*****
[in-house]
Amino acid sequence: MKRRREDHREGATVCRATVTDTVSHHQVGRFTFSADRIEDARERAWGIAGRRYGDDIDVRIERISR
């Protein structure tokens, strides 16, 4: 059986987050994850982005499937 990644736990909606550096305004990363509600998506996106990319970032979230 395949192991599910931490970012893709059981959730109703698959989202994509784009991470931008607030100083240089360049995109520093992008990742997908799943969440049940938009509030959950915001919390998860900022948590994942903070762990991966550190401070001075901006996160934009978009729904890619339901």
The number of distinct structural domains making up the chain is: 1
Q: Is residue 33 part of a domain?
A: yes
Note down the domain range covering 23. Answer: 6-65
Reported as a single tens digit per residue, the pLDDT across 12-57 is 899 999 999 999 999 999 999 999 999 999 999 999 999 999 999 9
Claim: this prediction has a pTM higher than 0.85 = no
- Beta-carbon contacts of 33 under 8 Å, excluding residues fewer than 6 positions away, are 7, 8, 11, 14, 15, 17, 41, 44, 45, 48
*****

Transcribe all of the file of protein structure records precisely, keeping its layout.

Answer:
[in-house]
Amino acid sequence: MKRRREDHREGATVCRATVTDTVSHHQVGRFTFSADRIEDARERAWGIAGRRYGDDIDVRIERISR
């Protein structure tokens, strides 16, 4: 059986987050994850982005499937 990644736990909606550096305004990363509600998506996106990319970032979230 395949192991599910931490970012893709059981959730109703698959989202994509784009991470931008607030100083240089360049995109520093992008990742997908799943969440049940938009509030959950915001919390998860900022948590994942903070762990991966550190401070001075901006996160934009978009729904890619339901």
The number of distinct structural domains making up the chain is: 1
Q: Is residue 33 part of a domain?
A: yes
Note down the domain range covering 23. Answer: 6-65
Reported as a single tens digit per residue, the pLDDT across 12-57 is 899 999 999 999 999 999 999 999 999 999 999 999 999 999 999 9
Claim: this prediction has a pTM higher than 0.85 = no
- Beta-carbon contacts of 33 under 8 Å, excluding residues fewer than 6 positions away, are 7, 8, 11, 14, 15, 17, 41, 44, 45, 48